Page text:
Ensure life-long Success for reading, writing, and spelling! The Danks Davis Dyslexia website outlines an effective tutoring programme for dyslexia that can be given by tutors, parents, or teachers to cater for individual needs.
1. An effective multisensory programme of tuition for dyslexia to help children with dyslexia achieve literacy success. Unlock their potential by using spelling as a doorway.
2. A dyslexia programme developed over 7 years by a dyslexic for dyslexics, taking individual needs into account.
3. Practical step-by-step method for weekly 1-hour tutoring sessions that children enjoy, and requires no extra homework. Can be given by tutors, parents, or teachers to cater for their individual needs.
4. An effective method for tutoring children with dyslexia, improving spelling, reading, writing, and comprehension as demonstrated by reassessment results of standardised tests given by registered psychologists. Effective for children and adults with other literacy problems.
View videos of Zannie previewing her tutoring programme for dyslexia and showing a successful conclusion of a lesson.
See N.Z. Herald article "Tricks of the reading trade" on Zannie (published 27 January 2007, page B5). Purchase the DVD of Decoding Dyslexia", a documentary which screened on TV1 3 March and 28 April 2007.
Dyslexia News: Stories on dyslexia in the world media, updated 16 June 2008. New Zealand Dyslexia Advocacy Week 16-22 March 2015, you can help to improve understanding of dyslexia and special assessment conditions.19 April 2007. An important day for New Zealand! Dyslexia now officially recognised by the Government after more than 30 years lobbying by dedicated individuals (Zannie Danks Davis included). A press release gave the news so many had been waiting for so long. We hope that positive discussions with the Ministry of Education and all stakeholders occur so that methods that are proven to work for dyslexia are used to help our children.
Does your child or student need help? Do they:
- Find it difficult to read?
- Find it difficult to spell?
- Appear not to obey you?
- Find comprehension difficult?
- Find it difficult to transfer thoughts to paper?
- Forget when given more than one instruction?
Parents and teachers: read the page "Helping Dyslexics" to recognise the signs of dyslexia and to understand what you can do to help children diagnosed with dyslexia.
To diagnose dyslexia it is most important to use a reliable test. I prefer the full Weschler Intelligence Scale for Children, version 4 (WISC-IV®) to be carried out. This assessment
- provides an independent benchmark of current abilities of a student
- provides a comprehensive diagnostic assessment of a student’s educational and cognitive strengths and weaknesses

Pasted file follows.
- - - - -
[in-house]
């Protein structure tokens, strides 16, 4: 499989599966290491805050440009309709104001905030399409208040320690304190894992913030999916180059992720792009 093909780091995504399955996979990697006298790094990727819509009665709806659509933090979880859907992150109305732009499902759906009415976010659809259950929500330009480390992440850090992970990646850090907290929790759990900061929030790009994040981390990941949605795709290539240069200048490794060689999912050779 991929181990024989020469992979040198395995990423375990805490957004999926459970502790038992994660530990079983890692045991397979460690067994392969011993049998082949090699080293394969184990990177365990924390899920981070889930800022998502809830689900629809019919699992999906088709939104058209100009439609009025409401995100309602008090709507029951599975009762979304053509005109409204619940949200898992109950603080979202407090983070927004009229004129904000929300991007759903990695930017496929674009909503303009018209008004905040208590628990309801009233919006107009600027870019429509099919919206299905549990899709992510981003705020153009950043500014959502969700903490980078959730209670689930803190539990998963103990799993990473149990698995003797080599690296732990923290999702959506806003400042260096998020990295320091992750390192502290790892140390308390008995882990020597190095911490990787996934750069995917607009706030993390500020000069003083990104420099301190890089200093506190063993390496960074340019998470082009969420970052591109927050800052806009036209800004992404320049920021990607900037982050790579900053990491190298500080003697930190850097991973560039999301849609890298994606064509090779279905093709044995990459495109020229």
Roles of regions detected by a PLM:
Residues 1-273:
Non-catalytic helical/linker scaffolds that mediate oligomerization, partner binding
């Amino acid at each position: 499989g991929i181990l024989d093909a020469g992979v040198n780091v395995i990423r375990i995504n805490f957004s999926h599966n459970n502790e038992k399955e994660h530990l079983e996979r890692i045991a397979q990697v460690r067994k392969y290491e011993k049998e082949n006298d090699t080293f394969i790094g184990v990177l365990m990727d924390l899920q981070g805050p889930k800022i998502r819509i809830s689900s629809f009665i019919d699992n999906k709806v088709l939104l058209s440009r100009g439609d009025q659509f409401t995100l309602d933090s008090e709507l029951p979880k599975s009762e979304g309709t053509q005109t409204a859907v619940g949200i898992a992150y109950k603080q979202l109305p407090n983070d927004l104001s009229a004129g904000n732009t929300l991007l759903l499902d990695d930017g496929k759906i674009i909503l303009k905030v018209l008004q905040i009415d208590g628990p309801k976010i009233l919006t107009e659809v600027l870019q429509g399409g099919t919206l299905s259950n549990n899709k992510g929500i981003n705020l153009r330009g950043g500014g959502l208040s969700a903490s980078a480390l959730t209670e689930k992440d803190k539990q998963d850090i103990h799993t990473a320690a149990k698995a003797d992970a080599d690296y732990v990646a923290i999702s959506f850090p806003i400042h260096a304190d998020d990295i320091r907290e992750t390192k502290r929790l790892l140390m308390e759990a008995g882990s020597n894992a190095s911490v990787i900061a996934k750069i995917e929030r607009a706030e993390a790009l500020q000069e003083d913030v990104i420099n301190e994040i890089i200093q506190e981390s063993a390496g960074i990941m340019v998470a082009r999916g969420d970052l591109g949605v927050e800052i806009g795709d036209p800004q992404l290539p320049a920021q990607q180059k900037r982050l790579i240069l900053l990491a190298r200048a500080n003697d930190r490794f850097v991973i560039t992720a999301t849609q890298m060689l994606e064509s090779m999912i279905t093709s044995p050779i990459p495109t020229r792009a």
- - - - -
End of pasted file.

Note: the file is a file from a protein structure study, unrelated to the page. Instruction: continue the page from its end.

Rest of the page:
- helps to pinpoint a student’s cognitive strengths and weaknesses, so tutoring can take these into consideration using my multisensory programme
- when reassessments are done by psychologists, it provides a baseline to demonstrate progress.
In New Zealand students are given Progressive Achievement Tests (PATs) at the start of each school year. If there are discrepancies in achievement between oral and written comprehension tests it could indicate the student should be tested for dyslexia.
Causes of Dyslexia
- It is a neurological disorder,and recent research shows a strong hereditary link.
- Dyslexia is sometimes caused by a difficult or premature birth.
- High internal body temperatures, experienced by an embryo or foetus during pregnancy, or as children, can result in learning problems (one of which is dyslexia).
Results of being dyslexic
- Dyslexia affects different areas of learning: reading / spelling / comprehension / mathematics (dyscalculia). Dyslexic students will struggle with written schoolwork even though they may have high oral and comprehension skills.
- A dyslexic student will have a normal or high I.Q., as shown by WISC-IV® subtests.
- A student with dyslexia will always be dyslexic, but will be able to find ways to compensate for the cognitive weaknesses.
- A student with dyslexia has auditory and/or visual perception problems.
- A student with dyslexia will always have good days and some bad days where things will just not register (especially under pressure such as exams).
- Headaches and migraines are common.
- Dyslexics have limited memory of dreams. European researchers now say that dreaming may be the brain’s way of replaying experiences and lessons so that they are fixed in the memory for use later on.
Some common problems with dyslexic children include:
- Inappropriate behaviour, e.g., not listening, easily distracted, difficulty in following instructions as they may only hear 2 words of the sentence.
- Low self esteem.
- Auditory processing difficulties, e.g., they say “f” instead of “th”, or “v” instead of “f”.
- Adequate sleep.
- Limit sugar and food colouring, as these close up learning channels.
- A relaxed environment allows a student to learn better.